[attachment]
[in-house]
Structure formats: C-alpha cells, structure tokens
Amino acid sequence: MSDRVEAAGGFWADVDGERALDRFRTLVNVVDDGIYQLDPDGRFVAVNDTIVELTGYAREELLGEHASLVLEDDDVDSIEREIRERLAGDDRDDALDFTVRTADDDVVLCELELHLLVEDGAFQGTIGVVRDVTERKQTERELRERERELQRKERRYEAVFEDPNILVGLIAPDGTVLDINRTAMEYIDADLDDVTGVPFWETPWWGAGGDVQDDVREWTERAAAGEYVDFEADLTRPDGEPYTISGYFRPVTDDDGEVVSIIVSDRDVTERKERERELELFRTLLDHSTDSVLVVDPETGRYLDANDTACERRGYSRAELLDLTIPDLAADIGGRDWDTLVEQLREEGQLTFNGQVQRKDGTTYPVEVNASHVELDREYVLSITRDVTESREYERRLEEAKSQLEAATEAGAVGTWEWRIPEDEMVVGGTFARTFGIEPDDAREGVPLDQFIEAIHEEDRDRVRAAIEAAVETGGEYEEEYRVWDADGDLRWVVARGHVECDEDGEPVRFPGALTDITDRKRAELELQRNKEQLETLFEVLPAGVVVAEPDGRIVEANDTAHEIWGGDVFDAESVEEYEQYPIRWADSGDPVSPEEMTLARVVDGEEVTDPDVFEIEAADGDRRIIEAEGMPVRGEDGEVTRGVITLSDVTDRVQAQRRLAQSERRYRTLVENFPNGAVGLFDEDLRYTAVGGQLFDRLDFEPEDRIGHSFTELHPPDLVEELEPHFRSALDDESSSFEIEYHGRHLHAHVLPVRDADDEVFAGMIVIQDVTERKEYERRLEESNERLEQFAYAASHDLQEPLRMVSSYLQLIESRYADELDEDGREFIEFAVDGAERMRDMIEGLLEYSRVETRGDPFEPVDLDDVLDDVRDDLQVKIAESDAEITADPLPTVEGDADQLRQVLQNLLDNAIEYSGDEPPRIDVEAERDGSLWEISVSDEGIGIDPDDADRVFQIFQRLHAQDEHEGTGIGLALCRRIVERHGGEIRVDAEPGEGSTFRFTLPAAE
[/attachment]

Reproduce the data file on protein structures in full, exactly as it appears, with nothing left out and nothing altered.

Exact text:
[in-house]
Structure formats: C-alpha cells, structure tokens
Amino acid sequence: MSDRVEAAGGFWADVDGERALDRFRTLVNVVDDGIYQLDPDGRFVAVNDTIVELTGYAREELLGEHASLVLEDDDVDSIEREIRERLAGDDRDDALDFTVRTADDDVVLCELELHLLVEDGAFQGTIGVVRDVTERKQTERELRERERELQRKERRYEAVFEDPNILVGLIAPDGTVLDINRTAMEYIDADLDDVTGVPFWETPWWGAGGDVQDDVREWTERAAAGEYVDFEADLTRPDGEPYTISGYFRPVTDDDGEVVSIIVSDRDVTERKERERELELFRTLLDHSTDSVLVVDPETGRYLDANDTACERRGYSRAELLDLTIPDLAADIGGRDWDTLVEQLREEGQLTFNGQVQRKDGTTYPVEVNASHVELDREYVLSITRDVTESREYERRLEEAKSQLEAATEAGAVGTWEWRIPEDEMVVGGTFARTFGIEPDDAREGVPLDQFIEAIHEEDRDRVRAAIEAAVETGGEYEEEYRVWDADGDLRWVVARGHVECDEDGEPVRFPGALTDITDRKRAELELQRNKEQLETLFEVLPAGVVVAEPDGRIVEANDTAHEIWGGDVFDAESVEEYEQYPIRWADSGDPVSPEEMTLARVVDGEEVTDPDVFEIEAADGDRRIIEAEGMPVRGEDGEVTRGVITLSDVTDRVQAQRRLAQSERRYRTLVENFPNGAVGLFDEDLRYTAVGGQLFDRLDFEPEDRIGHSFTELHPPDLVEELEPHFRSALDDESSSFEIEYHGRHLHAHVLPVRDADDEVFAGMIVIQDVTERKEYERRLEESNERLEQFAYAASHDLQEPLRMVSSYLQLIESRYADELDEDGREFIEFAVDGAERMRDMIEGLLEYSRVETRGDPFEPVDLDDVLDDVRDDLQVKIAESDAEITADPLPTVEGDADQLRQVLQNLLDNAIEYSGDEPPRIDVEAERDGSLWEISVSDEGIGIDPDDADRVFQIFQRLHAQDEHEGTGIGLALCRRIVERHGGEIRVDAEPGEGSTFRFTLPAAE